‘Ballyhoo’ Fails to Inspire
“The Last Night of Ballyhoo” arrived at the Cañon Theatre in Beverly Hills last month with impeccable credentials. The author, after all, is Alfred Uhry, whose “Driving Miss Daisy” deservedly swept the New York and Hollywood award boards.
And “Ballyhoo” itself garnered the 1997 Tony Award for its Broadway production, in addition to a basketfull of other honors.
Regrettably, something must have happened on the transcontinental flight to the West Coast, even with the play’s original director, Ron Lagomarsino, on board.
The play is again set in Uhry’s native Atlanta, the time is December 1939, and two major events are agitating Georgia’s capital city and its Jews.
One is the world premiere of “Gone With The Wind;” the other is the upcoming Ballyhoo, the premier social event of the well-established and assimilated German Jews of the city.
Within the Jewish community, there are also “the others” — descendants of more recent immigrants from Eastern Europe. These Ostjuden, unfortunately, make a point of being Jewish and actually seem to enjoy their faith and culture. Fortunately, they reside mainly up north.
Lurking somewhere in the background — rarely mentioned — is Hitler, who has instigated World War II, which probably won’t be good for the Jews.
In the home of the Freitag-Levy clan, they’re busy decorating the Christmas tree. Members of the household are young first cousins, Lala (Perrey Reeves) and Sunny (Rebecca Gayheart), their widowed mothers Boo (Rhea Perlman) and Reba (Harriet Harris), and Uncle Adolph (Peter Michael Goetz), a lifelong bachelor and owner of the Dixie Bedding Co.
Cousin Lala is a bit of a neurotic and frets a great deal about looking “too Jewish.” Cousin Sunny is blonde, beautiful and studying at Wellesley. Mom Boo worries whether daughter, Lala, will get a date for the Ballyhoo, where she might even meet a potential husband.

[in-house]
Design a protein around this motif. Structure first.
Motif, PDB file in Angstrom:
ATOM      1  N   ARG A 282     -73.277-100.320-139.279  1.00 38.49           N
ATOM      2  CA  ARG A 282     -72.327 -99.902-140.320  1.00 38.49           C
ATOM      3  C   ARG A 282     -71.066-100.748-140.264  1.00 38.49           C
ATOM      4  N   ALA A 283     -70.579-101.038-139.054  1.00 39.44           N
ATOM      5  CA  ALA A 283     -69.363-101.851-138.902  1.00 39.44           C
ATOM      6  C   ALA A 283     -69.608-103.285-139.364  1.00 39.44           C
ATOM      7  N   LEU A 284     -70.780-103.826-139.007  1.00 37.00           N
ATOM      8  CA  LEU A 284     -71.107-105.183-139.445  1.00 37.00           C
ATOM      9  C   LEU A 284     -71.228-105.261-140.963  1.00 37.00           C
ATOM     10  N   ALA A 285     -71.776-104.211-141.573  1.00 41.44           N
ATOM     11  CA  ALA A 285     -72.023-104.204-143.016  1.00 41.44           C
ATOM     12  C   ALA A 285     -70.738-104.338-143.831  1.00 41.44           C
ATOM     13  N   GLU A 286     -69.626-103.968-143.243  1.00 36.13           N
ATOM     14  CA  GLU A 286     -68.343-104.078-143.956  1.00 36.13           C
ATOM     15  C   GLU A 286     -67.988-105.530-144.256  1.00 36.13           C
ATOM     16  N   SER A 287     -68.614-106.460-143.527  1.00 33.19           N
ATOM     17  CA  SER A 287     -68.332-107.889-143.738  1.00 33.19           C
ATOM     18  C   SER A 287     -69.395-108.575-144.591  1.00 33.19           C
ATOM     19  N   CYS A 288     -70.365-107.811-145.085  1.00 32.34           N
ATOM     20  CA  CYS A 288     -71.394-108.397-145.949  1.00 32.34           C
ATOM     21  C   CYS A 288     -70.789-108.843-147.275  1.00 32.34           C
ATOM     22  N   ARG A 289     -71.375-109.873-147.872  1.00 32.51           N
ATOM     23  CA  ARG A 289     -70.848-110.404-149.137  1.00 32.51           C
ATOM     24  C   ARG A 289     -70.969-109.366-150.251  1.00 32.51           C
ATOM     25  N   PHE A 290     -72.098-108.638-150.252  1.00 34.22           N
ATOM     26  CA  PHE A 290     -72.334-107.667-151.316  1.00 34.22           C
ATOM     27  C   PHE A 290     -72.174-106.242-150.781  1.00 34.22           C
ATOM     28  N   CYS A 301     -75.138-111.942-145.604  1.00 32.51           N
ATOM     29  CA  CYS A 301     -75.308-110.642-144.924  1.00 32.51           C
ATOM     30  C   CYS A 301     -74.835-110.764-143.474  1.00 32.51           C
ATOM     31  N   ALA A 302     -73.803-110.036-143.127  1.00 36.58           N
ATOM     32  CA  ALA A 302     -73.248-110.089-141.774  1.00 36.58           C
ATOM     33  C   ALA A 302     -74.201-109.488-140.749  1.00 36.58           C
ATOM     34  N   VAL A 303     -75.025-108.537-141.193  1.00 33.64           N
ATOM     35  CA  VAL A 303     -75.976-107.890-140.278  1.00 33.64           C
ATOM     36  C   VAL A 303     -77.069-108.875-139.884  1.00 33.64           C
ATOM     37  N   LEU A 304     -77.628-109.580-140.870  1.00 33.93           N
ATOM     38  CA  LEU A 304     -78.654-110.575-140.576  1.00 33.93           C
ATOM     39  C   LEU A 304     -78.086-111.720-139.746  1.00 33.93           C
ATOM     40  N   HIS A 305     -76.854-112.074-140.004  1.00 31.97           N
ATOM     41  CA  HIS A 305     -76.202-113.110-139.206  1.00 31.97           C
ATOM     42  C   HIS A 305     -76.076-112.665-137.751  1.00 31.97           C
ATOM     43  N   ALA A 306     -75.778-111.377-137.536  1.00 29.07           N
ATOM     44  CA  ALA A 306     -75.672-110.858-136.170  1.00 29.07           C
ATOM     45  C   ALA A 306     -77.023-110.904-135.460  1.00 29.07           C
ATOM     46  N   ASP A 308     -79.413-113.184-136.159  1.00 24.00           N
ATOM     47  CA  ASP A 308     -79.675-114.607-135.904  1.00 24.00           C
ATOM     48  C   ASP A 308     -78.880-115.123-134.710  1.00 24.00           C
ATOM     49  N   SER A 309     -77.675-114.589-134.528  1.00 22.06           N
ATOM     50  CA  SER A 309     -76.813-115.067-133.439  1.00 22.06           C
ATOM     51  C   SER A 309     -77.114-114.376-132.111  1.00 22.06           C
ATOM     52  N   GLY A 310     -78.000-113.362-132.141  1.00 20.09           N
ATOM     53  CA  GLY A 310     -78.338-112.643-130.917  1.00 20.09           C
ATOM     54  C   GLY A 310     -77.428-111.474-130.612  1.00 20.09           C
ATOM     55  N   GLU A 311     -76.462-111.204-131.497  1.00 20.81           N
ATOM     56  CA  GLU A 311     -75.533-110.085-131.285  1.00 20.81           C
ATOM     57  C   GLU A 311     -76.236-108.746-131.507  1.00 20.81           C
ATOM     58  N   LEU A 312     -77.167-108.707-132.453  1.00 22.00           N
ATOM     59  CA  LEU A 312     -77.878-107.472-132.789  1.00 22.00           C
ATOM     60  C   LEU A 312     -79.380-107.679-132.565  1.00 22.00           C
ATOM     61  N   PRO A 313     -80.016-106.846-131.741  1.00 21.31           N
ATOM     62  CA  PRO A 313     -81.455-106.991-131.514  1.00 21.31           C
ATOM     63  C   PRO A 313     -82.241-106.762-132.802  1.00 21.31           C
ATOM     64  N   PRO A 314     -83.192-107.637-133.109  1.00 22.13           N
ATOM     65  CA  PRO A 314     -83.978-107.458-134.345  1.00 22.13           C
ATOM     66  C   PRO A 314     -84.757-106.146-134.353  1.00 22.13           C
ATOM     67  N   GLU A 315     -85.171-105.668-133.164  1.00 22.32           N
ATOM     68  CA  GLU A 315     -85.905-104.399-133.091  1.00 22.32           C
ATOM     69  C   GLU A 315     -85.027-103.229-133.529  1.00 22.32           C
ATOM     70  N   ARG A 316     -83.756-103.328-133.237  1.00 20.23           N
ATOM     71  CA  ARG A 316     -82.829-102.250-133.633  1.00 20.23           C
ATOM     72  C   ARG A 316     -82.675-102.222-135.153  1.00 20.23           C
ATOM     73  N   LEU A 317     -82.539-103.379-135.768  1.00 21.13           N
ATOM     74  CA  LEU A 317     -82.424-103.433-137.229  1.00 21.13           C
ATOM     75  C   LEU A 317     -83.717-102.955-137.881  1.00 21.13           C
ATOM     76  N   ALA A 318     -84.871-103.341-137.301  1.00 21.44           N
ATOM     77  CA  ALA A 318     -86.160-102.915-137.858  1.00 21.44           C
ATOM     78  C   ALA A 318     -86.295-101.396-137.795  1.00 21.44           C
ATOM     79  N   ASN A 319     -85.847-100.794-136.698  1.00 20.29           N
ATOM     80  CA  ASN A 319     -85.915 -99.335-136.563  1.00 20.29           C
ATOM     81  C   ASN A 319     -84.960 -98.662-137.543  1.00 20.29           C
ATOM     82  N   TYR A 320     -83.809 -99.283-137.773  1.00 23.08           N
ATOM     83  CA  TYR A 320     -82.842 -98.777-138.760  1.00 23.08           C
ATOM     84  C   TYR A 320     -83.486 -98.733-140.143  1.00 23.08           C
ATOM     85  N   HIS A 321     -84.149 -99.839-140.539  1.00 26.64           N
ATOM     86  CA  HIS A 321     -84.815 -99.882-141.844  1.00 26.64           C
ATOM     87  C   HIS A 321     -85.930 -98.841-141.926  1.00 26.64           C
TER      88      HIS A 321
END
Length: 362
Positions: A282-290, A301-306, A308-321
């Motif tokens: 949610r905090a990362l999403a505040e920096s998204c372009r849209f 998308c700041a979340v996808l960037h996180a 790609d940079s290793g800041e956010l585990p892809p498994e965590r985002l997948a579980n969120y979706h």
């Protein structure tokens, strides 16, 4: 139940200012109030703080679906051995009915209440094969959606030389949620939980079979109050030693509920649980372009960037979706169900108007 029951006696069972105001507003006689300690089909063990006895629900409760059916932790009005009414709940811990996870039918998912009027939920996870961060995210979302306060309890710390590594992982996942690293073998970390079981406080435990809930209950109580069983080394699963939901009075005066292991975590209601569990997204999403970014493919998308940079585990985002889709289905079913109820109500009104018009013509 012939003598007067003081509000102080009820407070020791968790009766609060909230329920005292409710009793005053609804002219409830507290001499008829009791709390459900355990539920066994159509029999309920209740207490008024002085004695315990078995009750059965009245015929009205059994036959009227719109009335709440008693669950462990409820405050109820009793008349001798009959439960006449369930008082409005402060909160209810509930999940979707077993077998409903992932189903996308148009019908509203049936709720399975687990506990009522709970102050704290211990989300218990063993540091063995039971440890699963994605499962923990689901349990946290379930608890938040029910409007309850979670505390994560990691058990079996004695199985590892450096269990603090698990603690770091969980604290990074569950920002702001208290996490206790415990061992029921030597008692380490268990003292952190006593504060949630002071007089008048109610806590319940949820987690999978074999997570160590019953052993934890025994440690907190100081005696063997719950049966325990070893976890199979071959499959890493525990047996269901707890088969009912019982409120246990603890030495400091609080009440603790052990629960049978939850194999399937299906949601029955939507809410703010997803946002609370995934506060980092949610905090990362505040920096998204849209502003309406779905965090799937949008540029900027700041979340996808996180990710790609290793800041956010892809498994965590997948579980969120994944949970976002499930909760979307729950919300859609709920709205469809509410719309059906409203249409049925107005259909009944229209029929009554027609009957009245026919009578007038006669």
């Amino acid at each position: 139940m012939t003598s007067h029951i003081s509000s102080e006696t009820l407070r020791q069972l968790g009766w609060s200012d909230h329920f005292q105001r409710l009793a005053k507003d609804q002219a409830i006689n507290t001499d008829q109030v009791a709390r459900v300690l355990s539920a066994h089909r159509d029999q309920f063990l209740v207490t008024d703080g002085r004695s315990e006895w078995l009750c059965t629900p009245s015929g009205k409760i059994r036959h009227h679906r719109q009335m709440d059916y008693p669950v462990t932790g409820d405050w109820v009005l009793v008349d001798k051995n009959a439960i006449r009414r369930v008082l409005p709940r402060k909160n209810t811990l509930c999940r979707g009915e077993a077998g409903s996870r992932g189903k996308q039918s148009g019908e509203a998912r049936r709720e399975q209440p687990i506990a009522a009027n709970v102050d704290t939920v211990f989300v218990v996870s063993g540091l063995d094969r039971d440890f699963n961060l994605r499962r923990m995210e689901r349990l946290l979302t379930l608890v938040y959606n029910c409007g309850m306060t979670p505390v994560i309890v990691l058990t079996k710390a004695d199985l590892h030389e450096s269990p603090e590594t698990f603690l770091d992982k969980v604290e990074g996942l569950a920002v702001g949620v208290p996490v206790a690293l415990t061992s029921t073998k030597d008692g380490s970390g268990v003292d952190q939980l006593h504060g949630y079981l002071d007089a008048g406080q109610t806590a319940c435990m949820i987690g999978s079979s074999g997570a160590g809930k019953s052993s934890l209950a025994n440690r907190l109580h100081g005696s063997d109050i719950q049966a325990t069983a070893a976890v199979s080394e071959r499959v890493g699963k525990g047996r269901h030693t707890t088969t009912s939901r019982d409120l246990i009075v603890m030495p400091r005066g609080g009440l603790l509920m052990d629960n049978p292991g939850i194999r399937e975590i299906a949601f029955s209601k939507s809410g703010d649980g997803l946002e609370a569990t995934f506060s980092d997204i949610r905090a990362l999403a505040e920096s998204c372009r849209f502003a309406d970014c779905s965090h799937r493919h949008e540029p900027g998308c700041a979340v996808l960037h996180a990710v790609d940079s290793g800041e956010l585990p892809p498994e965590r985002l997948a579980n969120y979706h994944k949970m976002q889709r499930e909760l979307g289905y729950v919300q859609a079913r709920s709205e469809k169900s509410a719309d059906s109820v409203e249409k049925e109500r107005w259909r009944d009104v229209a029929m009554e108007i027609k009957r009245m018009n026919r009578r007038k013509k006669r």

Something doesn’t click in this production, as the perfunctory applause and post-curtain comments among the mostly elderly, mostly Jewish, crowd indicated. The reason, though, isn’t entirely clear. There is no doubt, as this reviewer knows from personal experience, that the type of German Jew portrayed here actually existed.
But at the Cañon, the emotional interplay among the characters — which rang so true and affecting in “Miss Daisy” — rarely enlists the concern and sympathy of the viewer.
The play closes with an astonishing scene, in which the whole clan, which has spent the last 90 minutes proving its indifference, if not embarrassment, at being Jewish, sits around the Shabbat table.
All link hands in a calendar-art painting of the devoted Jewish family. Some critics have found this scene affecting, but hokey might be more apt.
The stage setting by John Lee Beatty is brilliant, effortlessly switching from drawing room, to dance floor to a train compartment.
“The Last Night of Ballyhoo” runs through Jan. 3 at the Cañon Theatre. For information, call (310) 859-2830.